‘The App Store is for the Average User’

There’s been some kerfuffel over TextExpander leaving the Mac App Store because of Apple’s recent enforcement of sandboxing, which doesn’t allow TextExpander to work within its scope.

Ben Brooks brings some sanity to the issue:

The App Store is for the average user. Apps that don’t fit in the App Store guidelines are simply not for the average user. That matters because the apps that don’t fit those guidelines can/will/could cause a massive support headache for not only Apple, but for the resident family geek. Users should be able to make the reasonable assumption that anything they download from the App Store cannot and will not mess up their computer in any way that uninstalling the app won’t fix their computer.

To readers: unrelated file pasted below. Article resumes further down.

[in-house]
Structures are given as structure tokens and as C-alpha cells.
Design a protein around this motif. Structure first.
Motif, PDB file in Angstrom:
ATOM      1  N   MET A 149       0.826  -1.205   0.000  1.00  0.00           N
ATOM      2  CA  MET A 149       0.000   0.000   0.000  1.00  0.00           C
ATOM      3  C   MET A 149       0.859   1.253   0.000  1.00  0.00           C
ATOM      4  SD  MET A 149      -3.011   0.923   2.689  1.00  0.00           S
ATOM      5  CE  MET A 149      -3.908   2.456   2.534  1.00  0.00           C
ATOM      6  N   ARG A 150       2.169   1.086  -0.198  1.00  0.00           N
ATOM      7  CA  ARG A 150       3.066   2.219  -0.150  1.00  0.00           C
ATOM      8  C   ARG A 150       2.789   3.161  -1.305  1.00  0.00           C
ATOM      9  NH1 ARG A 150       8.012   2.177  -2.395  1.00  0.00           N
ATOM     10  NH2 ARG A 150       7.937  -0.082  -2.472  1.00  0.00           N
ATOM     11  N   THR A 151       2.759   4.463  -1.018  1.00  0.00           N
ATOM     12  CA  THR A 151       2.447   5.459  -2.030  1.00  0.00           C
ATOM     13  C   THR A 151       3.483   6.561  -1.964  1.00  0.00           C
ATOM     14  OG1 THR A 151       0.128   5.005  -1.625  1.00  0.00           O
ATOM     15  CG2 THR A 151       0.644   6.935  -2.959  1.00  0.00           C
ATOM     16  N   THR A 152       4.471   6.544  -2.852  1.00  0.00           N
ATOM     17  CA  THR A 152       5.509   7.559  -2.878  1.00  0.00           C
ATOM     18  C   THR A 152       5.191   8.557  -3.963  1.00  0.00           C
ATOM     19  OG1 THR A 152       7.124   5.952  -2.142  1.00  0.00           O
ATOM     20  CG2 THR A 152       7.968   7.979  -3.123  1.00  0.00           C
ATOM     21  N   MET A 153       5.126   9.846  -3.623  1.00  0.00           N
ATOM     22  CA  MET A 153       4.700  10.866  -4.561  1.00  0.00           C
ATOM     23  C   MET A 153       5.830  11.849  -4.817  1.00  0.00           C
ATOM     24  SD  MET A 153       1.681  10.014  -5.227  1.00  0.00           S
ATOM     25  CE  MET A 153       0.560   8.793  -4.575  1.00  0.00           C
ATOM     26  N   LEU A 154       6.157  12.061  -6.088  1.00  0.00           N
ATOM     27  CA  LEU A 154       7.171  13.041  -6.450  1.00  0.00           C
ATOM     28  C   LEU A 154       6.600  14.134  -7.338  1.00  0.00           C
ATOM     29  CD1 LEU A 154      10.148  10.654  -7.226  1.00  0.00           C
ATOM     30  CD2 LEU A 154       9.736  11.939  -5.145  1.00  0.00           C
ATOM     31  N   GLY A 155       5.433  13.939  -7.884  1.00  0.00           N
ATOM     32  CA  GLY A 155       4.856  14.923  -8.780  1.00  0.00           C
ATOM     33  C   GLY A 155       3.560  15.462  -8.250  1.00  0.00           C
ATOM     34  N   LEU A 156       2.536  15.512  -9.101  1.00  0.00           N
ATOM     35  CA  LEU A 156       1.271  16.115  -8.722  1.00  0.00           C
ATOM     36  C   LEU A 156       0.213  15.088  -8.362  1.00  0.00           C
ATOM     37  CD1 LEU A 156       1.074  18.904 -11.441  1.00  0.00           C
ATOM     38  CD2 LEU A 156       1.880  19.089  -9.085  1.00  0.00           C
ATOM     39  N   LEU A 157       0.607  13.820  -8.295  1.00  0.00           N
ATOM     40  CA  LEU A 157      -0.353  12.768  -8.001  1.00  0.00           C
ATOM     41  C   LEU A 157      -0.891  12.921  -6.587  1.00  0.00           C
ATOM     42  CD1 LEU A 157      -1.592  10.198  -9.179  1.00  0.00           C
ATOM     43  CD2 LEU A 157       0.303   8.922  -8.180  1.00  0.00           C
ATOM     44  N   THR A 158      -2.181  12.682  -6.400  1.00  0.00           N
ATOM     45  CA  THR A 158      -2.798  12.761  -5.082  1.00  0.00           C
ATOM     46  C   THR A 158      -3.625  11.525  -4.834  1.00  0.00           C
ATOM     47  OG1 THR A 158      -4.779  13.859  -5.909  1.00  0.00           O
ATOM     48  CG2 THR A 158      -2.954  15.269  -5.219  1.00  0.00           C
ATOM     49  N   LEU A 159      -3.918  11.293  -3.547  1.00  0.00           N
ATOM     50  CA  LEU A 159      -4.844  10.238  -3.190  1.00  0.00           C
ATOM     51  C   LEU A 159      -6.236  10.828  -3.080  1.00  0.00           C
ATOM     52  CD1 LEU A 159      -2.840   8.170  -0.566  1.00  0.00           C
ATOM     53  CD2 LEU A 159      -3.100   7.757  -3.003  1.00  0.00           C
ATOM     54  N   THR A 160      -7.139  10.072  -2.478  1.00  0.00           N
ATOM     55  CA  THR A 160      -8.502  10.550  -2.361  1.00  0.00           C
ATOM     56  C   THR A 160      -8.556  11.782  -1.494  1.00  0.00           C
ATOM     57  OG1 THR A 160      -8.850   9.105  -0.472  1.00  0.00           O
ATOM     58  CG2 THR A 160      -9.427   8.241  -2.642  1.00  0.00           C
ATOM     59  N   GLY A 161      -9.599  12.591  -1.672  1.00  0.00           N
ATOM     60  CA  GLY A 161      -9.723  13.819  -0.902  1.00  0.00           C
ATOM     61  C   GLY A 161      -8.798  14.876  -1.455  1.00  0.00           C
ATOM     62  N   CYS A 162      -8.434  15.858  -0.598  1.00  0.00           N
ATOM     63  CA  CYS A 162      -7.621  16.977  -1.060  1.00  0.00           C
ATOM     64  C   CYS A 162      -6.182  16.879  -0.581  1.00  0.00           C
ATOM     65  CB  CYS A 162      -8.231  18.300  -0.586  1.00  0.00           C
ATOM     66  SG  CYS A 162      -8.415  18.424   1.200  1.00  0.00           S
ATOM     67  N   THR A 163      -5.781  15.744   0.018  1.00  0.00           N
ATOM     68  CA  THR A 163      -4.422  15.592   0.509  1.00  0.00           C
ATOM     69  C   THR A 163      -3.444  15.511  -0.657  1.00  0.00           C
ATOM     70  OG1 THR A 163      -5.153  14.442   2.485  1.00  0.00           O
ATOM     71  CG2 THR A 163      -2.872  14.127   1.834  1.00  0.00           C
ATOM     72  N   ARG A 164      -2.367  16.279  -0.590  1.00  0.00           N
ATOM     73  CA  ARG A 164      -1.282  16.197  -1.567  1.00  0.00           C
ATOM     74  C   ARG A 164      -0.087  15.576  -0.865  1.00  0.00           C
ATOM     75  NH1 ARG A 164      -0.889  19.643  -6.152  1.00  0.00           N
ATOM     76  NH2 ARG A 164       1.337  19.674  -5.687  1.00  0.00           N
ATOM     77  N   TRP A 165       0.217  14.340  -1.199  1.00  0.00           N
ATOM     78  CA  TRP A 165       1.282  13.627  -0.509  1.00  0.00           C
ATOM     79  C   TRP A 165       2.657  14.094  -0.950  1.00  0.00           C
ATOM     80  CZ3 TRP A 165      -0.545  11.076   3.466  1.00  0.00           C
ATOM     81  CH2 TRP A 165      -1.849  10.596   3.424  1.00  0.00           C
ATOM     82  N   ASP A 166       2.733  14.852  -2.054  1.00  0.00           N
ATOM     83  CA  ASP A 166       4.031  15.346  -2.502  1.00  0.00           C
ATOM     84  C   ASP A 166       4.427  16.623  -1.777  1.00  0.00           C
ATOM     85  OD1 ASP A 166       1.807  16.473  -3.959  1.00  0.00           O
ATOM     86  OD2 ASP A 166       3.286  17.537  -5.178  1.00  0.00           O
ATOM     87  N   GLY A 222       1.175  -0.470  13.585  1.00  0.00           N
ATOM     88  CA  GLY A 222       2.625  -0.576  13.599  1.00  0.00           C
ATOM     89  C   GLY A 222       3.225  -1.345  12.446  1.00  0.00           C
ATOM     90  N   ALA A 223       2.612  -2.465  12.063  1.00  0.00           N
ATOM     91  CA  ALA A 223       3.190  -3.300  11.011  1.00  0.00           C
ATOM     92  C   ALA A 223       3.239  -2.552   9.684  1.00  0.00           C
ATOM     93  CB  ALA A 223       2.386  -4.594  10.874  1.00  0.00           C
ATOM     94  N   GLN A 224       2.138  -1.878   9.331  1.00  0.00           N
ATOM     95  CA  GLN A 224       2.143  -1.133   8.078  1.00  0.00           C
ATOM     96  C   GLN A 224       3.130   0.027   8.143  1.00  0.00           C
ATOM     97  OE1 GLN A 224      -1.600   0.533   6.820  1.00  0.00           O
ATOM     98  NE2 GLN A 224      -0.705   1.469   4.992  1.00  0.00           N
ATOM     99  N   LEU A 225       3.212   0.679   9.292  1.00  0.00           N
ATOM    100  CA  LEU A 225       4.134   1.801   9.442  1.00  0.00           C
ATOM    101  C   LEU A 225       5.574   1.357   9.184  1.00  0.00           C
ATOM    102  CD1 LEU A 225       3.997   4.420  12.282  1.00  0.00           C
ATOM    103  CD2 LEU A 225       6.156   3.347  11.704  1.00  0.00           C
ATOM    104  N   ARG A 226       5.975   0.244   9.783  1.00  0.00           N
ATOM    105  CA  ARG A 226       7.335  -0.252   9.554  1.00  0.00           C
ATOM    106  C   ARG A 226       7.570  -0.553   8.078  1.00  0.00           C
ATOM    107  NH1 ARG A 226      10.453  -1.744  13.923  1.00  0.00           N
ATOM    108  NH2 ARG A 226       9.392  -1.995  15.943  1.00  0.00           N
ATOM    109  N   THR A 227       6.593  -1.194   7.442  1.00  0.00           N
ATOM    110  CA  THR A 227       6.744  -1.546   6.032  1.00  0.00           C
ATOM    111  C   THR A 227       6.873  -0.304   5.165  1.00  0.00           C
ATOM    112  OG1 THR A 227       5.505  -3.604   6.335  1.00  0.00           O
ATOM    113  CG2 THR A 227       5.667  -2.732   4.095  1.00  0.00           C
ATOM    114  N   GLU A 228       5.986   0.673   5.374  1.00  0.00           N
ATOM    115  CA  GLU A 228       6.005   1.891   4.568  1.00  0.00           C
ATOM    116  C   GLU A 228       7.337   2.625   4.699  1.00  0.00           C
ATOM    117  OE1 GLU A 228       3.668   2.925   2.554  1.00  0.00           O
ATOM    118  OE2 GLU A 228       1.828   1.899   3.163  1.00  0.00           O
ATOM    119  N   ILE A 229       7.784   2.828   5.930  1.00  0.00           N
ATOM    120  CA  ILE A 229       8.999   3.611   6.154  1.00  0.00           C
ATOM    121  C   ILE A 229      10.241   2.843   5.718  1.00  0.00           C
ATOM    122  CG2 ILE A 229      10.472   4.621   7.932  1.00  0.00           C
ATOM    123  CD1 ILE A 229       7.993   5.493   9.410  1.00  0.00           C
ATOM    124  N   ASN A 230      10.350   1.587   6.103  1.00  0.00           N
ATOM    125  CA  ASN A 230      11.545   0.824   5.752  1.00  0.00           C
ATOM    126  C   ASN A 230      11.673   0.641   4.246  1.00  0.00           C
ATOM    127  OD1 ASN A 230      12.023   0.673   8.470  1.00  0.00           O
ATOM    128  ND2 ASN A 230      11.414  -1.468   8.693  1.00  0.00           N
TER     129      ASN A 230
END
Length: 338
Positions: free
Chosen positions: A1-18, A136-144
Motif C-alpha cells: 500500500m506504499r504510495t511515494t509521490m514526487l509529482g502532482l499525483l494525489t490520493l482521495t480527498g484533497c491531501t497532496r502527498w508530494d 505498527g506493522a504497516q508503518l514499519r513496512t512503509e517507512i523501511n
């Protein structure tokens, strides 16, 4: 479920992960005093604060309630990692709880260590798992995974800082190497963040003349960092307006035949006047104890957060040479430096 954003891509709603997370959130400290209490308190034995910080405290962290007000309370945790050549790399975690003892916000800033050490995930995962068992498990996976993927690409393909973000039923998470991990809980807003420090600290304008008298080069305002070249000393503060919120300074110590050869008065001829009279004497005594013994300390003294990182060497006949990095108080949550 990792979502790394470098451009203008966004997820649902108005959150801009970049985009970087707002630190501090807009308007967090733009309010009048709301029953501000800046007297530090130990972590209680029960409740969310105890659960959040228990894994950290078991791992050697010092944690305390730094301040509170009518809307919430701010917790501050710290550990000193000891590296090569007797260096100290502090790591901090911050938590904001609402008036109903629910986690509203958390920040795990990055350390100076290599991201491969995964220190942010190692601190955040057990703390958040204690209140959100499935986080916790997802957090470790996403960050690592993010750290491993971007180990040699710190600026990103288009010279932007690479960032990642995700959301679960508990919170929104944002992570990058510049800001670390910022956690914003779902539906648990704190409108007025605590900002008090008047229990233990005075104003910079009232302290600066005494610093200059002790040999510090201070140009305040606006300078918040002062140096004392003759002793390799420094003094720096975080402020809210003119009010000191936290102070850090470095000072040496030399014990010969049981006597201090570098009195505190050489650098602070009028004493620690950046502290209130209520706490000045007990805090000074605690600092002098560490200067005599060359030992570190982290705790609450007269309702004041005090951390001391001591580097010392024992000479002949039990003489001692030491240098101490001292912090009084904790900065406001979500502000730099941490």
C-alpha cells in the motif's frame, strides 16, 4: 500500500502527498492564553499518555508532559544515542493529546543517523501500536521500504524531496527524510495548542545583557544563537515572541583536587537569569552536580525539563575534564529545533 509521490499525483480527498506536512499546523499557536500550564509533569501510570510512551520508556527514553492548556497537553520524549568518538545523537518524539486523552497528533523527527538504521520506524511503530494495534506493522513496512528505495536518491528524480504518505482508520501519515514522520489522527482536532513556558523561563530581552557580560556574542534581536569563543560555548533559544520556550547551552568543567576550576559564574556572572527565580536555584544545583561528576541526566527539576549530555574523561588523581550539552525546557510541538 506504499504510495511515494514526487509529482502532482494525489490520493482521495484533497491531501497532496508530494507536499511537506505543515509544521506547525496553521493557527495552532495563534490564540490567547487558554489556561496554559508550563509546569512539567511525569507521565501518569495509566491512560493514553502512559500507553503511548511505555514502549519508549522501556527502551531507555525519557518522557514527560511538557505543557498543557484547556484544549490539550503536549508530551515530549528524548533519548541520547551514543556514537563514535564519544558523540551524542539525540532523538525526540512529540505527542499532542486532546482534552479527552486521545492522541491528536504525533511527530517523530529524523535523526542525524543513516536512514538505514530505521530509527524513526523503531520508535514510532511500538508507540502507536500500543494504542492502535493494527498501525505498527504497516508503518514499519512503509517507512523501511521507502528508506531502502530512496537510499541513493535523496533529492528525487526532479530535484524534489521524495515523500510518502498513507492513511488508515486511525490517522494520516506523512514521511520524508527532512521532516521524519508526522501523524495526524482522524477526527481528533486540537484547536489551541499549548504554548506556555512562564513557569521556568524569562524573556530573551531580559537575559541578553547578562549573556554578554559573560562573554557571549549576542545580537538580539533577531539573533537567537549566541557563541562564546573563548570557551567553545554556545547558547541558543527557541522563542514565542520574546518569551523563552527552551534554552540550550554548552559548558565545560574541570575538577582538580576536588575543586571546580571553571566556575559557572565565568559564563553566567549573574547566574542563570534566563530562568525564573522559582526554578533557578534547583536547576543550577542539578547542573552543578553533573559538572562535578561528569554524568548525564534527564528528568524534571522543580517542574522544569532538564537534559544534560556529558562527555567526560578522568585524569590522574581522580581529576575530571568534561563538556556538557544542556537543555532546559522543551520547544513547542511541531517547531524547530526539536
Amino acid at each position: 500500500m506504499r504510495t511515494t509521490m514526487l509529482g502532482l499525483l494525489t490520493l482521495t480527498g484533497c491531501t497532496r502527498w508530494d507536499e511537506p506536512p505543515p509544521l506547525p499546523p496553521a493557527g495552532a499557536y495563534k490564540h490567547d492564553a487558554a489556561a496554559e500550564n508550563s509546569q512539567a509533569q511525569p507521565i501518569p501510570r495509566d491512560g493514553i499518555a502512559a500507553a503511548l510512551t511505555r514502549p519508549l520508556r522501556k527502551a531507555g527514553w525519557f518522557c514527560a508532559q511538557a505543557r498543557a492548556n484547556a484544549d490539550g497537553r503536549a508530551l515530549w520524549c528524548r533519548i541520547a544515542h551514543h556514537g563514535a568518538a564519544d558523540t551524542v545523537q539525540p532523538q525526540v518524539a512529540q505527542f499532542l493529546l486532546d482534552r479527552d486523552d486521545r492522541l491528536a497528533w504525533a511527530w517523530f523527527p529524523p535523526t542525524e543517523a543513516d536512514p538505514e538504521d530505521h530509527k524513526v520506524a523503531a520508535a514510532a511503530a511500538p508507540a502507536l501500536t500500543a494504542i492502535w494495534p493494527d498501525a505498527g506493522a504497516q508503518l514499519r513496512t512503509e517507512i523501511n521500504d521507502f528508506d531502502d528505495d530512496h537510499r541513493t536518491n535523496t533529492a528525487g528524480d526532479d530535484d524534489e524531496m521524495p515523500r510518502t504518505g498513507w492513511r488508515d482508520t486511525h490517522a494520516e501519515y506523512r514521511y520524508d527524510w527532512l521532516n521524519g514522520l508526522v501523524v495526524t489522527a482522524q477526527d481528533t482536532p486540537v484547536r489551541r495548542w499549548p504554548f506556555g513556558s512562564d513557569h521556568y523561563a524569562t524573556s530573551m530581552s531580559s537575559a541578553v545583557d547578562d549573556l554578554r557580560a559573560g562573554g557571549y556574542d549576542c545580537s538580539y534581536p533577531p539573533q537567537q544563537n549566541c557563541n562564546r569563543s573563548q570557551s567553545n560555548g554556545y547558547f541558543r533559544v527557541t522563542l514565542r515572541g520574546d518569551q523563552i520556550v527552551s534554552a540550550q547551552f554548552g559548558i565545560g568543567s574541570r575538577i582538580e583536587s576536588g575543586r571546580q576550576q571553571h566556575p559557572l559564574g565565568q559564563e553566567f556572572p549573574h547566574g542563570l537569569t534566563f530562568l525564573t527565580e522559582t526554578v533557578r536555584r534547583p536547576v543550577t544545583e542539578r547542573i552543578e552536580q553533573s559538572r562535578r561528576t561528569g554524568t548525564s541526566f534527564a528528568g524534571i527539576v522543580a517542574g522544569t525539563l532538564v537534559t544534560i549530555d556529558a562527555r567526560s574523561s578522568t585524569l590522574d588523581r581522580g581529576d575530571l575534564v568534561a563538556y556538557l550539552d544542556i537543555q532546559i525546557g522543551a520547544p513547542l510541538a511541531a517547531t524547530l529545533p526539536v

I am one such resident family geek. Let me tell you that I cannot wait to start flipping the dial on family members’ Macs to only allow Mac App Store only apps in Mountain Lion.

As for myself, I am a geek, and I know how OS X works. I have no fears nor quibbles with installing stuff from outside the App Store. That said, if an app is available in the App Store, I am likely to favor getting it from there instead of directly from the developer. Why? Because the App Store is easier. It keeps all my apps archived in the Purchases section. I don’t have to remember serial numbers.

Now, if an app is only available directly from the developer? That’s fine. I can handle it. But for the majority of people, the App Store is tailor made for them.